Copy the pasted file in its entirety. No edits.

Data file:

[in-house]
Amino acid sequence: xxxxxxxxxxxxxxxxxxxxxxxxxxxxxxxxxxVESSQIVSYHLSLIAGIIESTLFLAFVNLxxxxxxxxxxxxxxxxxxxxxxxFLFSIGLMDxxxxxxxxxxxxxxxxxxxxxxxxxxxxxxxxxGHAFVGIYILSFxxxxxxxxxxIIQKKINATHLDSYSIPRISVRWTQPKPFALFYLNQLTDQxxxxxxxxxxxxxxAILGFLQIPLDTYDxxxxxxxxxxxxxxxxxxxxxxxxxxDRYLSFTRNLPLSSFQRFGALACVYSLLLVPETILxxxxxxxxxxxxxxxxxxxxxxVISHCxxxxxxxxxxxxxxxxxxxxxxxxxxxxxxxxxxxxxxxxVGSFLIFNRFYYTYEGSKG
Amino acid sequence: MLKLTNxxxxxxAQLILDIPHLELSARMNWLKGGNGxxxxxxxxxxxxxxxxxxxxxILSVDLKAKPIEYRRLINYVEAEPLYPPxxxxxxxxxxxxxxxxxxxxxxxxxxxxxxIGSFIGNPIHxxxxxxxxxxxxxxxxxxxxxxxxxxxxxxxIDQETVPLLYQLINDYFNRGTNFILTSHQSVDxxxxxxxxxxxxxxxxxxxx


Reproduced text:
[in-house]
Amino acid sequence: xxxxxxxxxxxxxxxxxxxxxxxxxxxxxxxxxxVESSQIVSYHLSLIAGIIESTLFLAFVNLxxxxxxxxxxxxxxxxxxxxxxxFLFSIGLMDxxxxxxxxxxxxxxxxxxxxxxxxxxxxxxxxxGHAFVGIYILSFxxxxxxxxxxIIQKKINATHLDSYSIPRISVRWTQPKPFALFYLNQLTDQxxxxxxxxxxxxxxAILGFLQIPLDTYDxxxxxxxxxxxxxxxxxxxxxxxxxxDRYLSFTRNLPLSSFQRFGALACVYSLLLVPETILxxxxxxxxxxxxxxxxxxxxxxVISHCxxxxxxxxxxxxxxxxxxxxxxxxxxxxxxxxxxxxxxxxVGSFLIFNRFYYTYEGSKG
Amino acid sequence: MLKLTNxxxxxxAQLILDIPHLELSARMNWLKGGNGxxxxxxxxxxxxxxxxxxxxxILSVDLKAKPIEYRRLINYVEAEPLYPPxxxxxxxxxxxxxxxxxxxxxxxxxxxxxxIGSFIGNPIHxxxxxxxxxxxxxxxxxxxxxxxxxxxxxxxIDQETVPLLYQLINDYFNRGTNFILTSHQSVDxxxxxxxxxxxxxxxxxxxx